When we hear the term black box most of us think about the device in an airplane that records the information leading up to a accident. Did you know that most cars made since 2013 also feature a black box?
This black box, also referred to as “event data recorders” track the speed a vehicle was traveling, if brakes were applied, if seat belts were used and if air bags deployed before an accident. Some of the major differences between airplane and car black boxes are that cars only capture the last few seconds before an accident rather than continuously recording conversations, sounds and personal information.
Many see black boxes as a tool to make cars safer and settle accident disputes; however, some drivers feel that it is an invasion of their privacy. Especially considering it has the potential to refute their version of what happened in an accident scenario. For example, “A Montreal man was sentenced to 18 months in jail in 2004 when the black box in his vehicle contradicted his testimony in a fatal crash.” (Source: www.thestar.com/business/tech_news/2014/04/18/safety_regulators_pushing_for_mandatory_black_boxes_in_cars.html)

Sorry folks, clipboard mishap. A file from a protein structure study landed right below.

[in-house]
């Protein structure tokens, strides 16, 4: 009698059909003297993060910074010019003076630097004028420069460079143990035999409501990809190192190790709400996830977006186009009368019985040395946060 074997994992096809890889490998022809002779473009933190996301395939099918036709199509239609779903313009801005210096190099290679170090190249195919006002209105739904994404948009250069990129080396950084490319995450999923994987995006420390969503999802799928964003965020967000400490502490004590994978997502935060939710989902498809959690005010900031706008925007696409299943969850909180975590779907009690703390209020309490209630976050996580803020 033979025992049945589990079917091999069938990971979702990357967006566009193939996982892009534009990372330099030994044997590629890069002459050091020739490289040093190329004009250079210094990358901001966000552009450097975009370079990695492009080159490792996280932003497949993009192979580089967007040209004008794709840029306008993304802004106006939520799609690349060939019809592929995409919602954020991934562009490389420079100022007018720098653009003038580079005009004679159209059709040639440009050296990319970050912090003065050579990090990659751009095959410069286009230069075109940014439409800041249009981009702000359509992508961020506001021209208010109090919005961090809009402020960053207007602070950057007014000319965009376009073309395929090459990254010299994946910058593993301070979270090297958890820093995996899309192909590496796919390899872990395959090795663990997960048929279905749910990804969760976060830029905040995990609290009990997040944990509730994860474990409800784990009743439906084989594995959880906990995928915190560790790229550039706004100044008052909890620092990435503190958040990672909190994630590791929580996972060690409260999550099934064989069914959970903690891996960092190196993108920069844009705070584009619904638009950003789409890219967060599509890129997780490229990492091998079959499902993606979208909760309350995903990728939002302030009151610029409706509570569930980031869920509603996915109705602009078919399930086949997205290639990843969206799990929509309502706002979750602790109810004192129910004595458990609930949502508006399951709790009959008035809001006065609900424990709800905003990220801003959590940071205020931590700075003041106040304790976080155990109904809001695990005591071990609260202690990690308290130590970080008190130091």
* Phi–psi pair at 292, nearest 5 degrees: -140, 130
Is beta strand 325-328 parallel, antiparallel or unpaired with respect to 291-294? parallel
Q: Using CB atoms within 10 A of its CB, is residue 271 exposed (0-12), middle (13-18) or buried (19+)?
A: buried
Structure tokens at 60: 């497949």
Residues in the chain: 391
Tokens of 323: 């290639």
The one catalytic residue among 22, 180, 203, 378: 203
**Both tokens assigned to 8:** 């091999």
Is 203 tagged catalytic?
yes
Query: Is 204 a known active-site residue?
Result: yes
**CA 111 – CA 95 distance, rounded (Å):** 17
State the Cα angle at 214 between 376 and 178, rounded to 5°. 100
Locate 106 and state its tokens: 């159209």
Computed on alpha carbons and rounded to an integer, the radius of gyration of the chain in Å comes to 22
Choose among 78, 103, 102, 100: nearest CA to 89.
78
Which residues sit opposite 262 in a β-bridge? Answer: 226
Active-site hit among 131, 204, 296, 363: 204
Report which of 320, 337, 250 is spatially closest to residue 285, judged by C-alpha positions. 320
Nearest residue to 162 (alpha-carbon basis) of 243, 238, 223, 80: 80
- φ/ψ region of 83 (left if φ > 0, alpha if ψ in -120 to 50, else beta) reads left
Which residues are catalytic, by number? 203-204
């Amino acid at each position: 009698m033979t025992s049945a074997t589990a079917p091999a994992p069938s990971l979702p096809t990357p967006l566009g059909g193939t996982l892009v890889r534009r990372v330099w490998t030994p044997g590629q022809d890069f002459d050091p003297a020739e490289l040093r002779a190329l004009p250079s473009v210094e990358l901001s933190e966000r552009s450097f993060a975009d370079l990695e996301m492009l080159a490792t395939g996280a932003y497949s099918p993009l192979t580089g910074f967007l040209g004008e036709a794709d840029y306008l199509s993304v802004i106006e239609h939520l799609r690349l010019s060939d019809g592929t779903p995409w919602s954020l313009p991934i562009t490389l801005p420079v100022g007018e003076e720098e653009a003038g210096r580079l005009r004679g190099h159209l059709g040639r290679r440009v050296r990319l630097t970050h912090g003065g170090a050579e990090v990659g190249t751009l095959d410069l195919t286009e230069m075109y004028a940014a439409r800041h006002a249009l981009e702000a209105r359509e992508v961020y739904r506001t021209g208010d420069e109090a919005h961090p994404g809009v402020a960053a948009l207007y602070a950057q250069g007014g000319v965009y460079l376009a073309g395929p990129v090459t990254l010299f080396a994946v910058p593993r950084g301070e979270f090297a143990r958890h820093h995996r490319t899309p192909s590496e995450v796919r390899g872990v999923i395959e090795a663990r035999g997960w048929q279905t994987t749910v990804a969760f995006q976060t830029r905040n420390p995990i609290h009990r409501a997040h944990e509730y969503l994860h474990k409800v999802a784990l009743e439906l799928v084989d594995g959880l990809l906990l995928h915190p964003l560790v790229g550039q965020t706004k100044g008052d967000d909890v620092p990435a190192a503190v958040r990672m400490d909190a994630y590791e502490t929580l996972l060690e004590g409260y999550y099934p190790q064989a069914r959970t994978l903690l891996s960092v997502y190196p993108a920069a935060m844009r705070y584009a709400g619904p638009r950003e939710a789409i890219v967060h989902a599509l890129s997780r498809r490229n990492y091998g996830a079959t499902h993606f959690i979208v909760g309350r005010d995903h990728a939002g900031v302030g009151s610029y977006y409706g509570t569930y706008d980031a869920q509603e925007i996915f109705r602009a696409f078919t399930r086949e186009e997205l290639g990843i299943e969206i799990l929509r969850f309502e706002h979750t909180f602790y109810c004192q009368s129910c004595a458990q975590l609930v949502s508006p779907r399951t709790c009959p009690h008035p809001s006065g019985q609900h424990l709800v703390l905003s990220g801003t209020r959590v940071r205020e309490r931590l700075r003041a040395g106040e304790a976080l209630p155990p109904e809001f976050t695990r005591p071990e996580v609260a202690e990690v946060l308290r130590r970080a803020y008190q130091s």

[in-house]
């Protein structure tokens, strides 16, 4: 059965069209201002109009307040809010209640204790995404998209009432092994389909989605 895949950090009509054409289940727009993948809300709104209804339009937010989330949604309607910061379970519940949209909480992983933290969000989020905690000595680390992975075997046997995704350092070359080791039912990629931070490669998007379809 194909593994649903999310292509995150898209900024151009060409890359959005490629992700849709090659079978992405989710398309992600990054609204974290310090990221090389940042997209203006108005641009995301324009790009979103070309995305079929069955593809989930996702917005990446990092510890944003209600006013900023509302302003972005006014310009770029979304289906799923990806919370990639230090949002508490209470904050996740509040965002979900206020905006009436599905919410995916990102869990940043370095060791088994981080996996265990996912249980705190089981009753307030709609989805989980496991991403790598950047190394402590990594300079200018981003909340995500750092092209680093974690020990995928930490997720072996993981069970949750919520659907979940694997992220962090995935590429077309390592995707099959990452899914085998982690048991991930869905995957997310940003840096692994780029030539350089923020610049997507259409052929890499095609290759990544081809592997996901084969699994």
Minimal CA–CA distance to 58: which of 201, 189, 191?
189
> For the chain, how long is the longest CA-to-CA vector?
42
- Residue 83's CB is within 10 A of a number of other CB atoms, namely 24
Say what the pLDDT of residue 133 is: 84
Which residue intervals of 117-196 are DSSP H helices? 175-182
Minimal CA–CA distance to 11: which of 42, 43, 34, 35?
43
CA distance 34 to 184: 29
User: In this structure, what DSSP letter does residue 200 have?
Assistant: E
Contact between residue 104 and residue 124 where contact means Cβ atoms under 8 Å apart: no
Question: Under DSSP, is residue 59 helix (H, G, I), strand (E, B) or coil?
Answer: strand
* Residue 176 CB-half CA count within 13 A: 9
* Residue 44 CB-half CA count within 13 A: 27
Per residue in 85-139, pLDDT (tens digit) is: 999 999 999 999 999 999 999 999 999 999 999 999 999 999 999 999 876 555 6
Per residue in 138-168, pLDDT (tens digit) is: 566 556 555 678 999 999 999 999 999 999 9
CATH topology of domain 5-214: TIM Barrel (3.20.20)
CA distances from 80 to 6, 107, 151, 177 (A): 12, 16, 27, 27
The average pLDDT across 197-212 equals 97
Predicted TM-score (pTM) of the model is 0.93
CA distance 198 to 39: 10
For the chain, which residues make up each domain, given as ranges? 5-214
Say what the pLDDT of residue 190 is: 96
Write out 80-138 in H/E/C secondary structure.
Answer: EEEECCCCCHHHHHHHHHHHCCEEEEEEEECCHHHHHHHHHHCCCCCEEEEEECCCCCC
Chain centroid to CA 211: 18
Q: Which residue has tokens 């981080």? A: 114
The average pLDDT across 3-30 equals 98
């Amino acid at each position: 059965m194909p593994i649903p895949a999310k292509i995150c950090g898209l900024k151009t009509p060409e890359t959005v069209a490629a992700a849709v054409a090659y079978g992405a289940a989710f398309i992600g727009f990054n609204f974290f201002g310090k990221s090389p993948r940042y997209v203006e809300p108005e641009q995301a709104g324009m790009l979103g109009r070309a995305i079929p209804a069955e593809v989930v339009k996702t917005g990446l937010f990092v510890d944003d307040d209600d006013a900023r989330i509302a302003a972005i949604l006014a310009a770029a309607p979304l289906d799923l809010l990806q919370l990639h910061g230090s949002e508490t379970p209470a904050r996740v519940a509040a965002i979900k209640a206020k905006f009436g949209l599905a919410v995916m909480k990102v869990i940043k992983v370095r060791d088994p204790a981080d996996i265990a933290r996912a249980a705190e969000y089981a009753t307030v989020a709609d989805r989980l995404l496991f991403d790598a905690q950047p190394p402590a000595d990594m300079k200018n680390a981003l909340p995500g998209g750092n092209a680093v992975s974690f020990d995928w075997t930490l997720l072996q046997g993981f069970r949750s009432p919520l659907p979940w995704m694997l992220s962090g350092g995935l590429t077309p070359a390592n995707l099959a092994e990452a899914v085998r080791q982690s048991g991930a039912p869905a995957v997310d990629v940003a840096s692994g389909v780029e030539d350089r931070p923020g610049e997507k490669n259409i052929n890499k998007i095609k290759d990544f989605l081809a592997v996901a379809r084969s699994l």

Black box procedure is different in Canada, Lewis Smith, a spokesperson for the Canada Safety Council said, “...black box data is made available to third parties, such as insurance companies, only if the vehicle owner agrees to it or the courts issue a subpoena.” (Source: as above)
Furthermore, Pete Karageorgos, a spokesperson for the Insurance Bureau of Canada explained that it is rare for an insurer to get access to black box data, “There are privacy issues, and in any case, some dealers can only read their own products so again insurers can’t access the data or they have to do it through the manufacturer.” (Source: as above)
What do you think? Should it be a mandatory requirement that all cars must have a black box?
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